More interactive, more pertinent: Monster Media’s recipe for success

Monster Media has a track record of delivering interactive projects, including for the Heathrow Express

Monster Media has a track record of delivering interactive projects, including for the Heathrow Express

Digital out-of-home (DOOH) today demands fast, dynamic, up-to-the-minute content. With customers able to check anything online at any time through their mobile devices, nothing less than the latest is expected in DOOH. Still images and looping content are definitely dying in the advertising mainstream.

Correspondingly, hardware manufacturers are increasingly including dynamic options to their devices, as evidenced by the rise in HTML5-based players. This stems from the demands of advertisers and agencies, whose initiatives include more user-generated content and live interaction. There is no looking back: dynamic content is here to stay.

A company that knows this very well is Monster Media. Through enticing, original content, Monster Media has created award-winning campaigns that create for brands both customer dialogue and excellent exposure. Its recent acquisition of US company LocaModa gives the interactive DOOH technology specialist the ideal springboard to integrate more sophisticated social and mobile creative in its projects. 

The LocaModa platform enables brands and networks to leverage social media appropriately across their web, mobile or DOOH campaigns. It filters social sources, including Facebook, Twitter and Instagram, embedding content into multi-channel campaigns to create engaging and – importantly – measurable interactions between brands, venues and audiences. The technology has been used extensively to display selected tweets and photos against branded content on sites from Times Square to concerts, bars to airports and all around the retail sphere.

“Having LocaModa as part of Monster Media means that media owners will now be able to add social media to all existing networks, platforms or content management systems,” explains Liam Boyle, managing director of Monster Media. “It’s completely agnostic. The platform can be used on a campaign-by-campaign basis – it can essentially be turned on with the flick of a switch.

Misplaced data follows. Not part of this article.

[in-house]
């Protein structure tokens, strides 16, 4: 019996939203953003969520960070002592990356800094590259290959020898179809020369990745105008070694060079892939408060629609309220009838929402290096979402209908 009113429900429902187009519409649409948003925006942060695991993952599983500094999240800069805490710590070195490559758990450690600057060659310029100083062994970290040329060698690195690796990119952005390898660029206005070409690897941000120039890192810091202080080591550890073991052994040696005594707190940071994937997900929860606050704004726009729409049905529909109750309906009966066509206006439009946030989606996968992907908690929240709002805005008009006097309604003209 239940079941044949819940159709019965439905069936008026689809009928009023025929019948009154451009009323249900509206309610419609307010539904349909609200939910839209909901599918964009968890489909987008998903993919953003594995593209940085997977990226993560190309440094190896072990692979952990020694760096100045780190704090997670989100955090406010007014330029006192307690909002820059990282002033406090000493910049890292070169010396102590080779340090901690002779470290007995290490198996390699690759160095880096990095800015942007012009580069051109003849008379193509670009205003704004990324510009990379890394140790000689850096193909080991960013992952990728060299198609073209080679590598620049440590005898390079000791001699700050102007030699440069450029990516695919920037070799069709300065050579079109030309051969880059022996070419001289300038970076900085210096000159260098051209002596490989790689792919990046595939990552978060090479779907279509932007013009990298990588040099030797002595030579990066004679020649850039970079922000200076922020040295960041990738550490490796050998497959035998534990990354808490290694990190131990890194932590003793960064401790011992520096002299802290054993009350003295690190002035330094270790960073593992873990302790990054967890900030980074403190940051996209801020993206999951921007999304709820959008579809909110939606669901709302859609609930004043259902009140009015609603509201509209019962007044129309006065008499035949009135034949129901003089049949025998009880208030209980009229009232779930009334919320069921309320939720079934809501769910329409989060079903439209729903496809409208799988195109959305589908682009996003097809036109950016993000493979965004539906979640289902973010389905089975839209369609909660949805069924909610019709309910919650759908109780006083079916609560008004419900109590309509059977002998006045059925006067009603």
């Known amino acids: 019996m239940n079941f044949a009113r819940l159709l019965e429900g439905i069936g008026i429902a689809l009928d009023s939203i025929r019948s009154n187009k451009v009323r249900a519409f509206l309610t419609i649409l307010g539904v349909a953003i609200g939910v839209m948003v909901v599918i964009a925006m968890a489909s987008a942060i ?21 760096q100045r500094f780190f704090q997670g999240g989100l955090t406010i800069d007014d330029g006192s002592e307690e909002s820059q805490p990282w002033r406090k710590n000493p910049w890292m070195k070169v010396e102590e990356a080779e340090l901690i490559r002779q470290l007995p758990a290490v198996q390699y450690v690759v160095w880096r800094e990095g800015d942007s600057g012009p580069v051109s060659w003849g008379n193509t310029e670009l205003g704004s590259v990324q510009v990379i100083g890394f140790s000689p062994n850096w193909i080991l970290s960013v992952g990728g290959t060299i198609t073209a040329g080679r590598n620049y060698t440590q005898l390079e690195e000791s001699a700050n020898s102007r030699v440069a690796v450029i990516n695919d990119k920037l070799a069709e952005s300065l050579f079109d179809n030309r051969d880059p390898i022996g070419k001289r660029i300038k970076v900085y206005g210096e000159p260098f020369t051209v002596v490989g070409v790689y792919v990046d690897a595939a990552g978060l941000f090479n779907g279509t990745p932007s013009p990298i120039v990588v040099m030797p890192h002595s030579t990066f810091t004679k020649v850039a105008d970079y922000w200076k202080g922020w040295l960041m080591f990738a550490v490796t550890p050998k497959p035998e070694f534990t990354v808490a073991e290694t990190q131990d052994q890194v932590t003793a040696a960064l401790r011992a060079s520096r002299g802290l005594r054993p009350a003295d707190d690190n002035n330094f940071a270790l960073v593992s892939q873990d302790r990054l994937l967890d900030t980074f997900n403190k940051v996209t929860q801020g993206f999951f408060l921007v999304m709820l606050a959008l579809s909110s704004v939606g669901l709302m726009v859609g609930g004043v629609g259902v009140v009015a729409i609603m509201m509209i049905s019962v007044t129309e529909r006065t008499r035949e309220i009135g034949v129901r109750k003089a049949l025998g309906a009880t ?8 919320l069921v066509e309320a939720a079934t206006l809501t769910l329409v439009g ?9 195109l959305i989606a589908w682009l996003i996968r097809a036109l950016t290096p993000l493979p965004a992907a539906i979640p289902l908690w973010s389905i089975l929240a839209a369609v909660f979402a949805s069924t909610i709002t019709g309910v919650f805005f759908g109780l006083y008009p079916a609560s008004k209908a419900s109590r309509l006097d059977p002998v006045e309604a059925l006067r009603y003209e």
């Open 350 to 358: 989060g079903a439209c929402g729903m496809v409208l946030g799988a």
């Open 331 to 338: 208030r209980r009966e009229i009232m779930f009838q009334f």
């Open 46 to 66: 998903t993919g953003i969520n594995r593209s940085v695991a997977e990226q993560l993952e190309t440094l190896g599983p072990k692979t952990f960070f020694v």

“Media agencies working with us will be able to take advantage of the strength of social amplification by adding this service to new campaigns to encourage more consumer participation. The network operators will take the first step and agencies will be able to exploit the benefits for their clients. Finally, from the clients’ side, they will be able to greatly expand their campaigns reach and scale and still experience the same accurate measurement and reporting data they get from taking advantage of interactive advertising. This adds another layer of social metrics depending on what’s being moderated, including Facebook, Twitter, Instagram and others.”

With all that said, Monster Media is no novice when it comes to dynamic advertising. Together with Gyro, the company developed a campaign to promote the Heathrow Express rail service between central London and the city’s largest airport. Its centerpiece was an interactive, three-by-three wide-format LCD videowall with interactive touch at one of the transport hub’s busy corridors. Once activated through touch, users were given the opportunity to explore the service’s new carriages with a controllable 360-degree camera.

To reward their participation, travellers left the display with a promotional code offering a free upgrade to business first class. It appeared to work: more than 117,000 direct consumer interactions took place on the LCD wall, resulting in over 14,000 ticket giveaways. In total, 733,946 opportunities to see were provided over the duration of the campaign.

Airports and interactivity have proved a successful combination for another Monster Media campaign, O2 Roaming, on which it collaborated with media owner Eye, ZenithOptimedia and Meridian. The eight-week, pan-regional and cross-media project was fully mobile-enabled and signified the first time that Eye ran interactive content simultaneously across its media estate at Gatwick and Manchester air termini.

Two interactive media walls invited flyers to upload and edit holiday photos for real-time viewing via Instagram and Twitter, using the hashtag #O2Travel. Boyle explains: “The display shows a hashtag and a Instagram photo within a Polaroid-style frame. Users will be directed by branded instructions to take a photo with Instagram, and use the hashtag shown to see their photo on the wall.”

Both projects demonstrate the full capability of what’s possible today in out-of-home media. It’s pretty obvious that we will soon see an increase in dynamic syndicated content; this type of solution delivers the most relevant content to the DOOH viewer. With the increasing popularity of demographic data delivery, incorporating gender and facial recognition, companies like Monster Media are soon to make interactive out-of-home even more powerful.